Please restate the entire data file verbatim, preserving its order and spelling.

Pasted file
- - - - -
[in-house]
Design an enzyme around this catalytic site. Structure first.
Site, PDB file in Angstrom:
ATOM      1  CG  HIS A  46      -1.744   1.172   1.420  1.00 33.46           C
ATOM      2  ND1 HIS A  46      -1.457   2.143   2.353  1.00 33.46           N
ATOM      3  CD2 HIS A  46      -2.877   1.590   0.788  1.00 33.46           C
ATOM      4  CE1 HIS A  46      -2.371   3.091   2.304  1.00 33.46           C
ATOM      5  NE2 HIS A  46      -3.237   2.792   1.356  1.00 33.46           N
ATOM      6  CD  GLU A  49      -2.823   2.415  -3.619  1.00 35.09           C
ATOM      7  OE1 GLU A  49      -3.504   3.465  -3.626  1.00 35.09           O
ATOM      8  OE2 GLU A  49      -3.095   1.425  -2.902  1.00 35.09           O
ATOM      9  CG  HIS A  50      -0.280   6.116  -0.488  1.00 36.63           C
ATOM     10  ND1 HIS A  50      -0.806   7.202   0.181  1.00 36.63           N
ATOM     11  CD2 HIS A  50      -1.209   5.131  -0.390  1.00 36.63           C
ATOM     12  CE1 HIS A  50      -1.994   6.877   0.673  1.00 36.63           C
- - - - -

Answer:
[in-house]
Design an enzyme around this catalytic site. Structure first.
Site, PDB file in Angstrom:
ATOM      1  CG  HIS A  46      -1.744   1.172   1.420  1.00 33.46           C
ATOM      2  ND1 HIS A  46      -1.457   2.143   2.353  1.00 33.46           N
ATOM      3  CD2 HIS A  46      -2.877   1.590   0.788  1.00 33.46           C
ATOM      4  CE1 HIS A  46      -2.371   3.091   2.304  1.00 33.46           C
ATOM      5  NE2 HIS A  46      -3.237   2.792   1.356  1.00 33.46           N
ATOM      6  CD  GLU A  49      -2.823   2.415  -3.619  1.00 35.09           C
ATOM      7  OE1 GLU A  49      -3.504   3.465  -3.626  1.00 35.09           O
ATOM      8  OE2 GLU A  49      -3.095   1.425  -2.902  1.00 35.09           O
ATOM      9  CG  HIS A  50      -0.280   6.116  -0.488  1.00 36.63           C
ATOM     10  ND1 HIS A  50      -0.806   7.202   0.181  1.00 36.63           N
ATOM     11  CD2 HIS A  50      -1.209   5.131  -0.390  1.00 36.63           C
ATOM     12  CE1 HIS A  50      -1.994   6.877   0.673  1.00 36.63           C